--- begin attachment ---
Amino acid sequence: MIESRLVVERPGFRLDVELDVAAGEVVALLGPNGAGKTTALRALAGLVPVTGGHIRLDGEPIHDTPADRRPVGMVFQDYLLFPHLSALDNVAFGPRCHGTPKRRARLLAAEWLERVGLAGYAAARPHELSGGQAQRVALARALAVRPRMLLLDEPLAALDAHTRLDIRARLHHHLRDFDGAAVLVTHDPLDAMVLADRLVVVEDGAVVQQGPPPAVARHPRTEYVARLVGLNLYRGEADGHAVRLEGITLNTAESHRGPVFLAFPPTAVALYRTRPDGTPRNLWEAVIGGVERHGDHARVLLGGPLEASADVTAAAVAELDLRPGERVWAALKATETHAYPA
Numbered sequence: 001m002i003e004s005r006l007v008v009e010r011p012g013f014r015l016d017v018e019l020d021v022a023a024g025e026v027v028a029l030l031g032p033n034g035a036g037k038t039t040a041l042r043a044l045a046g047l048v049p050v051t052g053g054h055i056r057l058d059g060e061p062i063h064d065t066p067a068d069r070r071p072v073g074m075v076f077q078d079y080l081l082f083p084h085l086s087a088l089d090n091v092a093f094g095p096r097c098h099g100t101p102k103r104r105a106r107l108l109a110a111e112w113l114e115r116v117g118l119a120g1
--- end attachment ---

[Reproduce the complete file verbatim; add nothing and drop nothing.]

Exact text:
Amino acid sequence: MIESRLVVERPGFRLDVELDVAAGEVVALLGPNGAGKTTALRALAGLVPVTGGHIRLDGEPIHDTPADRRPVGMVFQDYLLFPHLSALDNVAFGPRCHGTPKRRARLLAAEWLERVGLAGYAAARPHELSGGQAQRVALARALAVRPRMLLLDEPLAALDAHTRLDIRARLHHHLRDFDGAAVLVTHDPLDAMVLADRLVVVEDGAVVQQGPPPAVARHPRTEYVARLVGLNLYRGEADGHAVRLEGITLNTAESHRGPVFLAFPPTAVALYRTRPDGTPRNLWEAVIGGVERHGDHARVLLGGPLEASADVTAAAVAELDLRPGERVWAALKATETHAYPA
Numbered sequence: 001m002i003e004s005r006l007v008v009e010r011p012g013f014r015l016d017v018e019l020d021v022a023a024g025e026v027v028a029l030l031g032p033n034g035a036g037k038t039t040a041l042r043a044l045a046g047l048v049p050v051t052g053g054h055i056r057l058d059g060e061p062i063h064d065t066p067a068d069r070r071p072v073g074m075v076f077q078d079y080l081l082f083p084h085l086s087a088l089d090n091v092a093f094g095p096r097c098h099g100t101p102k103r104r105a106r107l108l109a110a111e112w113l114e115r116v117g118l119a120g1